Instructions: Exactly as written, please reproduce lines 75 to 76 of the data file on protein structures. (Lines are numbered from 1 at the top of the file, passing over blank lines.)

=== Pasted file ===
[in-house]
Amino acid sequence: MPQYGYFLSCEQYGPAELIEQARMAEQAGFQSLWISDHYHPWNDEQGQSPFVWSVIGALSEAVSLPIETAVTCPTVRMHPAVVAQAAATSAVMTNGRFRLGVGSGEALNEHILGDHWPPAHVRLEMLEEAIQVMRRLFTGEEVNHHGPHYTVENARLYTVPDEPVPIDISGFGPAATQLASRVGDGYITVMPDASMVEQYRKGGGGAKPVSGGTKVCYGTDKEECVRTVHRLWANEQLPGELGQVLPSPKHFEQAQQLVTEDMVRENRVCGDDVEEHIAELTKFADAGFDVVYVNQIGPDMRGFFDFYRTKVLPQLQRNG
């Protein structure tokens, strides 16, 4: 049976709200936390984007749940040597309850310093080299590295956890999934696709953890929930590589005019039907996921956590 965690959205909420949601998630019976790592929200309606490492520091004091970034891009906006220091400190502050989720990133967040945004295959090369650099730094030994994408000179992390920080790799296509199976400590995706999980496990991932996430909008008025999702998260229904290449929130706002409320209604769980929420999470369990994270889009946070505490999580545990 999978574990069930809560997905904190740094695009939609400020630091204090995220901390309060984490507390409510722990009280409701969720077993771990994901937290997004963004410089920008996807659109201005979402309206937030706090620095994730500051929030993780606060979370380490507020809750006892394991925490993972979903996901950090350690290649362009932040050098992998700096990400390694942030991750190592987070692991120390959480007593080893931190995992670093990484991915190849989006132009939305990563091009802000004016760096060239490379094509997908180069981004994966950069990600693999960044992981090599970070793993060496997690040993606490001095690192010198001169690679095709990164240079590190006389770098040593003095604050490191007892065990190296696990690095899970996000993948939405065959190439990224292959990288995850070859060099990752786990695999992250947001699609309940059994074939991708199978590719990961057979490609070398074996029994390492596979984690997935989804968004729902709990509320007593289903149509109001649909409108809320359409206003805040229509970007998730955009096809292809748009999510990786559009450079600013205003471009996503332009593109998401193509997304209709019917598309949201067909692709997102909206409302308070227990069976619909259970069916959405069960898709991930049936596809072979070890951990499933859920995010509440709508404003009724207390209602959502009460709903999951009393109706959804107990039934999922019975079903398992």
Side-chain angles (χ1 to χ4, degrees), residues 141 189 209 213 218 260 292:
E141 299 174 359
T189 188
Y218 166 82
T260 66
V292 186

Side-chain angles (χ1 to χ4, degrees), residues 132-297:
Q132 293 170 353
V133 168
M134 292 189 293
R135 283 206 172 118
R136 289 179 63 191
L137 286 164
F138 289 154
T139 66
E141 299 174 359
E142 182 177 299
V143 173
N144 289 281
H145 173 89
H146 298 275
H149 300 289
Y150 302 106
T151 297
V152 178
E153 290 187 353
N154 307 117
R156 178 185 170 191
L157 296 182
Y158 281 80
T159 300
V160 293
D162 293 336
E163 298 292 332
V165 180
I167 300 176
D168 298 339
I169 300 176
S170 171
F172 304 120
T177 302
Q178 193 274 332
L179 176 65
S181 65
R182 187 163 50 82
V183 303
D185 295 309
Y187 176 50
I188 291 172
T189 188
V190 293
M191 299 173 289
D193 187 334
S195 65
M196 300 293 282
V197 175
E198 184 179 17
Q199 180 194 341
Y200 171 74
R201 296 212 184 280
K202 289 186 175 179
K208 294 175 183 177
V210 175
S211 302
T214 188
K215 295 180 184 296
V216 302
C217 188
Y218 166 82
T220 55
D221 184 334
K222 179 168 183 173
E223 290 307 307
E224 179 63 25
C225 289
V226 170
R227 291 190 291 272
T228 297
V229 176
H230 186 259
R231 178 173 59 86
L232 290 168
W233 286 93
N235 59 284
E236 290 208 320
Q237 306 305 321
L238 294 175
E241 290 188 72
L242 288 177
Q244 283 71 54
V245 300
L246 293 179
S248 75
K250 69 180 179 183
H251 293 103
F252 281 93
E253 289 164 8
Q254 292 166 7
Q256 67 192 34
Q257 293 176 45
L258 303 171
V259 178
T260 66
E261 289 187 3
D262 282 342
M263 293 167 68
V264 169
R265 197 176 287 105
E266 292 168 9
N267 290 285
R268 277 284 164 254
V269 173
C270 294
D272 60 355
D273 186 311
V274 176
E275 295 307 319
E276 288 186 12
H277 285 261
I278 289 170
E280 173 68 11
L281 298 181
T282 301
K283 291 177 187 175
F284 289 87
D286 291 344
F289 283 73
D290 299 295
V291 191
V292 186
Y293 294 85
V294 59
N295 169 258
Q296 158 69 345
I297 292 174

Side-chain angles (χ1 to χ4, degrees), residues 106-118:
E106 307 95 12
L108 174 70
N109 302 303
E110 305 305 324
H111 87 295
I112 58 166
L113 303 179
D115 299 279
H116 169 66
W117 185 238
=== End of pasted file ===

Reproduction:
K222 179 168 183 173
E223 290 307 307